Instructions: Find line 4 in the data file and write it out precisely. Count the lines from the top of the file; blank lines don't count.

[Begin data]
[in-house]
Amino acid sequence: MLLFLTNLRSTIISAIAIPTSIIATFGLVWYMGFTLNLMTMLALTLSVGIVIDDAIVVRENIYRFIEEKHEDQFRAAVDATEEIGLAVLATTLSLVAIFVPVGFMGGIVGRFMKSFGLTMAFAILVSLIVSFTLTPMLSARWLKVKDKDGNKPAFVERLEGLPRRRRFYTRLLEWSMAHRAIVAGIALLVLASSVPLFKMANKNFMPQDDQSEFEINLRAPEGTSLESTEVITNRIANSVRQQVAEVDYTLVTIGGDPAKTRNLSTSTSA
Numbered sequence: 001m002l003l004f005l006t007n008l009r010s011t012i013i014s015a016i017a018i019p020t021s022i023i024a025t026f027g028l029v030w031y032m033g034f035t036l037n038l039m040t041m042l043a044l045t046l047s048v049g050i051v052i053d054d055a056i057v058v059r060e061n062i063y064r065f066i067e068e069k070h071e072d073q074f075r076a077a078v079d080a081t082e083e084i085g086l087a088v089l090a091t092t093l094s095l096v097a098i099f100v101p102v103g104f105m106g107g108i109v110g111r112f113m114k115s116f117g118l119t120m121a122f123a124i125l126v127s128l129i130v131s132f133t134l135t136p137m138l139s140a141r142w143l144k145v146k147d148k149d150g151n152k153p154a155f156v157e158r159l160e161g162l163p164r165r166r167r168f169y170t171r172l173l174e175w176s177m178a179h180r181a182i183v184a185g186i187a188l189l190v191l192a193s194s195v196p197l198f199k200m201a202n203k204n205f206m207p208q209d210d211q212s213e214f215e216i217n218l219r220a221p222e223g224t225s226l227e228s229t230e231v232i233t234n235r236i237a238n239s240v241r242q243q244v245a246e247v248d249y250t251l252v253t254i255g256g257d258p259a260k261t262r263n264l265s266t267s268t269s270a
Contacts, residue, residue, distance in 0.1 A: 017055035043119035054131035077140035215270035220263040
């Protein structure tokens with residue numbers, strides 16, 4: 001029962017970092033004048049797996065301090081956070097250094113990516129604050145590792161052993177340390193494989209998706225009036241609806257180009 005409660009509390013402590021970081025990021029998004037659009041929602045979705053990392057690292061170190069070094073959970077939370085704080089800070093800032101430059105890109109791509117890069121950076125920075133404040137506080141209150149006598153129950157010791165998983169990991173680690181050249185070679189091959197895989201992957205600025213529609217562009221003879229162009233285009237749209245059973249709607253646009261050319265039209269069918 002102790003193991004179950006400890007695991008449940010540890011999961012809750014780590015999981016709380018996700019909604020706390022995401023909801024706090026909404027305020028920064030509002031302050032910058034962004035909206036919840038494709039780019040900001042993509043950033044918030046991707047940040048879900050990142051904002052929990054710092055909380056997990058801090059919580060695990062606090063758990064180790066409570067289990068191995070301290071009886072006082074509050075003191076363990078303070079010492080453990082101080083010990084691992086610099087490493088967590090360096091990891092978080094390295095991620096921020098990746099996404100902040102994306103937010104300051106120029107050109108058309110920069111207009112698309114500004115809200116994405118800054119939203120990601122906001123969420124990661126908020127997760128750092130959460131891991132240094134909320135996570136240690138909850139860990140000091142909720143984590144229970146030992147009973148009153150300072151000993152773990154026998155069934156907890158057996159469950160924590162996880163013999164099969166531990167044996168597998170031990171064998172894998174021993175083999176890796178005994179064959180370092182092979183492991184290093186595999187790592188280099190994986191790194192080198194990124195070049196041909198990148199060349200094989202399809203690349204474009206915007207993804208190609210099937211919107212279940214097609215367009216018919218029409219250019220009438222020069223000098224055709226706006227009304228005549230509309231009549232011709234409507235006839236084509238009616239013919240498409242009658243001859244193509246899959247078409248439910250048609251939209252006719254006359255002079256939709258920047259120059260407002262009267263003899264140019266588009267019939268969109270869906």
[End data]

Contacts, residue, residue, distance in 0.1 A: 017055035043119035054131035077140035215270035220263040